8. Has Lilly Collins has made any successful movie at the box office? Why she keeps getting roles in Hollywood? Is her father so powerful in the industry?

  9. General audiences aren’t all that interested in those geriatric actors or actresses movies like ‘Poms’ or last year’s ‘Book Club’. That is aimed so bad at the elderly demographic (which if that’s your goal, okay)

  10. Cold Pursuit was really fun dark comedy movie. I also enjoyed Replicas, Captive State, and Miss Bala.

    Hellboy (2019) was absolute garbage

  11. How about never mentioning critic scores on rotten tomatoes unless you want to lose credibility. What did the audience think?

  12. Society has become sensitive to garbage money grabs Hollywood is famous for pumping out.
    PS: don't listen to rotten tomatoes. Their reviews are just advertising.

  13. Replicas was Hollywood telling the World what is actually happening behind closed doors.
    Rockefeller, etc. aren't truly dead, they've simply been download into a supercomputer.
    This Tech. will only be available to high ranking Luciferians.

  14. Hellboy was a mess. The real surprise is that Men in Black International was not a box office flop, it was so bad it made Hellboy look good

  15. Not gonna lie these movie's don't sound good and Hellboy wasn't great and the best bit in the movie was the ending scene

  16. Not gonna lie
    Serenity duped me. Especially the crappy last 3rd of it
    I wanted to like Hellboy and give it a chance. It just didn't happen. It sucked
    And lastly I still like Liam neeson. He's just on a really long slump

  17. 80% bad movies 20% good movies the ratio is scary and the fact that studios keep giving money to these movie directors is scary

  18. I could care less what movie critics think, most of them think really bad movies are great, and often they say what ends up being a good movie sucks. Some of these movies though, who wanted to see Poms? A bunch of old prunes as cheerleaders? If that isn't a counteractive to Viagra I can't imagine what would be. Might make a great appetite suppressant as well. As far as Liam Neeson's interview goes, whether you like what he said or not, at least he was honest about it, how many Hollywood actors are fakes and lie about what they think or believe? For the most part, it seems that most movies these days are awful and we only get a few that don't.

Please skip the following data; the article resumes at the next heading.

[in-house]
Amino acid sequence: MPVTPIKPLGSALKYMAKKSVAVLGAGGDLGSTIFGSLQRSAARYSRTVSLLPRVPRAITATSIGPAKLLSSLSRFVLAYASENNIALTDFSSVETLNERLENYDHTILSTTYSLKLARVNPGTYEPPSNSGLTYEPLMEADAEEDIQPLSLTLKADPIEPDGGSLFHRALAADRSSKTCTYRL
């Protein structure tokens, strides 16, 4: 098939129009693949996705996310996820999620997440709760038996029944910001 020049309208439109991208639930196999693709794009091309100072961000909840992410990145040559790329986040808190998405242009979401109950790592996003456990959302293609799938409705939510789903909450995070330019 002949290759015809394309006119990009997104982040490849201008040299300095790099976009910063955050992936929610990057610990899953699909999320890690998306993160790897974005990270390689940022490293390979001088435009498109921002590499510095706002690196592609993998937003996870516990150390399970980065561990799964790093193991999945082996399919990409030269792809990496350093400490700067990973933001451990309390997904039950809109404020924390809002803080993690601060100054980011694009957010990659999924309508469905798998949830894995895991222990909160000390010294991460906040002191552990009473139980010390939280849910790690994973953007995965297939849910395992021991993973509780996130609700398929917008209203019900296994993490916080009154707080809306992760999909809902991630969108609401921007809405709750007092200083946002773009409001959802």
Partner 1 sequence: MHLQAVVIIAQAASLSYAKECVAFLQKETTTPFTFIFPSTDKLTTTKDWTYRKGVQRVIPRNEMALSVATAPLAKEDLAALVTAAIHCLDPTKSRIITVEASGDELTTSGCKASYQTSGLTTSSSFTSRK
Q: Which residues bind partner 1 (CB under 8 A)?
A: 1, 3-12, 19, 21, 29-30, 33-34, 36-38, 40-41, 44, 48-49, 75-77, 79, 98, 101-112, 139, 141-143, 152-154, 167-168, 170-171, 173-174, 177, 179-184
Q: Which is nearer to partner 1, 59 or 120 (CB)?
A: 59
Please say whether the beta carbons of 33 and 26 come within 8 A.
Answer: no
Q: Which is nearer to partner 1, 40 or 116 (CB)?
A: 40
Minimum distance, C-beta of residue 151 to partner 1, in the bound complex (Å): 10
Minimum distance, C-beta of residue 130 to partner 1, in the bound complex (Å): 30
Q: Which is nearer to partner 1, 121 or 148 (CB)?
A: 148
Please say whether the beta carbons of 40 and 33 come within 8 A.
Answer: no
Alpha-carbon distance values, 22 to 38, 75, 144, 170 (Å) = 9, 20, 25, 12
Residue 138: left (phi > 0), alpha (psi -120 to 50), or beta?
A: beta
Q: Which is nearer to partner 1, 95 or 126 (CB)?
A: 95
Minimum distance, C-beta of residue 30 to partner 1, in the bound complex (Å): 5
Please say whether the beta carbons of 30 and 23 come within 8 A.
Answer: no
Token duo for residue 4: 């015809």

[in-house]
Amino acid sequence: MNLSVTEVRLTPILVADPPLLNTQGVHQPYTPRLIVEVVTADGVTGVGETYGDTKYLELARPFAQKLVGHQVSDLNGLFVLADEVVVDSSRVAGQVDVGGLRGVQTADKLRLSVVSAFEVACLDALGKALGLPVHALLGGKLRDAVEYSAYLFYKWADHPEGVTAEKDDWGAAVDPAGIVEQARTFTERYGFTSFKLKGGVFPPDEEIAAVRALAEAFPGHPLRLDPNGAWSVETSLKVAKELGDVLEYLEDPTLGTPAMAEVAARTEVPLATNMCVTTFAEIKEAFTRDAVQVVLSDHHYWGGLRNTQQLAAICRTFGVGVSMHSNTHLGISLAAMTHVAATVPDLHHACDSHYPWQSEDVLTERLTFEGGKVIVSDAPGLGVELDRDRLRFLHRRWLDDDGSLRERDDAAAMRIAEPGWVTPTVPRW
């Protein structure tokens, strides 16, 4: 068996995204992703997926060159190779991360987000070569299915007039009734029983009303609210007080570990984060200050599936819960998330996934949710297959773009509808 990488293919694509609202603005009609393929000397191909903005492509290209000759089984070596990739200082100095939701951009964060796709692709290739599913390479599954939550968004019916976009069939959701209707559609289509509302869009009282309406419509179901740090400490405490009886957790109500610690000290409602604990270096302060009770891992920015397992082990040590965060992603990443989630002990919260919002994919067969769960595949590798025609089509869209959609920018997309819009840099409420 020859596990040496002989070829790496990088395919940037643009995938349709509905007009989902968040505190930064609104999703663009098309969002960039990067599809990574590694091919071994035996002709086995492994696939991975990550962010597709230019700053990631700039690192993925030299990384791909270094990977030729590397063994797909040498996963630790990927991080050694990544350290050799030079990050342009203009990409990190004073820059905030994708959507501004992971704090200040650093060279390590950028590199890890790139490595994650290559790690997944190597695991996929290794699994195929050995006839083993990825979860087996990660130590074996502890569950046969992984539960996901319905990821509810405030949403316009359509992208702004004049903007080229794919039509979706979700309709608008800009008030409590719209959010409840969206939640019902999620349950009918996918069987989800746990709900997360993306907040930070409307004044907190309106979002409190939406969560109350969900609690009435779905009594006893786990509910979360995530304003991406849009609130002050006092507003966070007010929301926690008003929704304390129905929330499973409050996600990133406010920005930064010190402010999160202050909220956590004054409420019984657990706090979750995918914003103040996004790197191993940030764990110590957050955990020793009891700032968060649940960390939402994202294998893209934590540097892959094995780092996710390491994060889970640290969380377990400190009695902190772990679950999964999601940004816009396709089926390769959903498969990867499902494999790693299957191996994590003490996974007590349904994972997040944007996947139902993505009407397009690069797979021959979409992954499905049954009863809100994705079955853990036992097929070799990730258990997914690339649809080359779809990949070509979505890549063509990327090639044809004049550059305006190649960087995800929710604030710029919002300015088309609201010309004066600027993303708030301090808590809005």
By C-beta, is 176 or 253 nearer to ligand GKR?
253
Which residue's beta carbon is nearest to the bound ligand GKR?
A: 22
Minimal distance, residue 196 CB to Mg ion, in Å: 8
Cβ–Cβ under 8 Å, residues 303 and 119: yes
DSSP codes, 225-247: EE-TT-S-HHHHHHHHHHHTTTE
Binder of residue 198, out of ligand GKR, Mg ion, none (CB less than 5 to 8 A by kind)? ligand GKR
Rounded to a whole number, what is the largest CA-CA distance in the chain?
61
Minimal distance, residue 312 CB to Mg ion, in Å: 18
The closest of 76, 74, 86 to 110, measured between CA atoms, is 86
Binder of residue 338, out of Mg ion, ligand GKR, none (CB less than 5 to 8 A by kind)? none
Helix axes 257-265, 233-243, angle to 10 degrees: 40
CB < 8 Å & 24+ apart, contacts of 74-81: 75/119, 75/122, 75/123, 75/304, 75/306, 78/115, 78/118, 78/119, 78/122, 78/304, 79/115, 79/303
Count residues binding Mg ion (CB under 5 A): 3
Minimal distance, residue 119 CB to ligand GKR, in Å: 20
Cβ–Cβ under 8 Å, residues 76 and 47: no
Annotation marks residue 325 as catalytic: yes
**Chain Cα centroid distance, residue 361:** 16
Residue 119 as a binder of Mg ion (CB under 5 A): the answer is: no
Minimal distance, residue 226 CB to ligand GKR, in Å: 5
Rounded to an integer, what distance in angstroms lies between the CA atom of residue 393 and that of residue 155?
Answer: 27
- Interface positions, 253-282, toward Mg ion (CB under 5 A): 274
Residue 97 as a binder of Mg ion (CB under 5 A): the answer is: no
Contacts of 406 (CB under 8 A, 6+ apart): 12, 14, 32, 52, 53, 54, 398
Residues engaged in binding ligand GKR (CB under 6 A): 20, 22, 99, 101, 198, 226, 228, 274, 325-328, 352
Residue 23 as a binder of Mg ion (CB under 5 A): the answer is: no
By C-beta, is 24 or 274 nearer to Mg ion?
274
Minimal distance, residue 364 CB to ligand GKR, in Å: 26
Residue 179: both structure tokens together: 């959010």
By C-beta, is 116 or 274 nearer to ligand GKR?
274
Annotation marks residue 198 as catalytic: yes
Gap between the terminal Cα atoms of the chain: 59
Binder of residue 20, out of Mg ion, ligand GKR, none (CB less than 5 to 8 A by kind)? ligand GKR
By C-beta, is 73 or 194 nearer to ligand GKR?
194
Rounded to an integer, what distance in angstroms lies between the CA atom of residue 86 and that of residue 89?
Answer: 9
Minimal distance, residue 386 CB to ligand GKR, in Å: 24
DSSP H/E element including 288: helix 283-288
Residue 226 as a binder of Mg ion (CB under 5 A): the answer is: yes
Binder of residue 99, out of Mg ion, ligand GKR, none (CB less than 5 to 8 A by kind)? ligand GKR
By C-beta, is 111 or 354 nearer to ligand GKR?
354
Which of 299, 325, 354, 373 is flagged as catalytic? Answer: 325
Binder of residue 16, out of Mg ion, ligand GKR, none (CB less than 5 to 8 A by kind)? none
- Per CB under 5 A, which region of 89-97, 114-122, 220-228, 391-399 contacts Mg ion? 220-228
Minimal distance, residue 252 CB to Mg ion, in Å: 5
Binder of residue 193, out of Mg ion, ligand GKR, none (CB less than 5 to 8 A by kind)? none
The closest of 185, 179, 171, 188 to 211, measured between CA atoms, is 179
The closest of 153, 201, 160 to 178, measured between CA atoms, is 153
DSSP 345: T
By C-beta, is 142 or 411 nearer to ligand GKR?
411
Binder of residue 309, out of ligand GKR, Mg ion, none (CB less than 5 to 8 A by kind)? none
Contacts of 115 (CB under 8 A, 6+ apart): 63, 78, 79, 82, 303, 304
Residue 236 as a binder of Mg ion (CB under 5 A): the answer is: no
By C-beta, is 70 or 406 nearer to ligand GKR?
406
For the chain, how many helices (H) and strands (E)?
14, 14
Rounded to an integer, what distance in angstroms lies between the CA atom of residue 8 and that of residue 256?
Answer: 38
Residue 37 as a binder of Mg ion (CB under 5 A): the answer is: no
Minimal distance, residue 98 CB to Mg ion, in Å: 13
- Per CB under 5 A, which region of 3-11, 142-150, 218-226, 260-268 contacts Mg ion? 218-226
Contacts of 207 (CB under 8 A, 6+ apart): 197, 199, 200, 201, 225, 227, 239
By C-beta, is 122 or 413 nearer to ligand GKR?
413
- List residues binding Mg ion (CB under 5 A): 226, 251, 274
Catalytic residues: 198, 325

19. Hellboy was a good movie, people needs to watch it for what it is rather than what they imagined it to be. A much gory and close to comics is it plus point and yes visuals are just ok.

  20. A – list actors/actresses have to start off some where though. Newbies need to be given a chance to prove themselves

  21. Well considering the sheer number of films being made, it means people will be more selective about seeing a movie, not to mention the cost of a movie popcorn and drink run for a single person…and sorry, remakes work, but not always…there is a growing distaste for remakes Robinhood, X-Men Dark Phoenix, Fantastic 4…people are just sick of someone else's take on an old stories…it is proof that not everyone who writes even if they write well are good writer's, you may have a degree, but there is something to be said about imagination…

  22. Wait Replicas is a horror movie I thought it was just sci-fi. Well if it is bad, that's horror enough. But Reeves has got this! He is still great of an actor!

  23. God who watches Hollywood propaganda/ reheated leftover garbage? That entire town is a cesspool of remakes, ripoffs and liberal tears.Outside of a precious few guys and girls, they have nothing to say.

  24. I enjoyed Cold Pursuit though. Forgot about it the minute I left the theater, but I did like it.

    The story was non-existent and the acting was either over the top (the big bad boss) or very lethargic (Neeson), but the movie knew that, and didn't take itself seriously so it made for a movie that is quite enjoyable to watch.


  26. I don't understand why Nelson is still getting guff for this. He explained how in his history he did something and he says 'I can't believe I did that. It was wrong.' So he knows what he did and he is remorseful. This was far before he had to apologize for the remarks.

  27. Tolkien and Hellboy were actually pretty good. I wouldn’t pay too much attention to critic reviews and more consumer reviews, as they tend to be more accurate

  28. Tolkien was good. But it wasn't flashy or sexy. That alone doomed it amidst the competition. Its character development from front to back.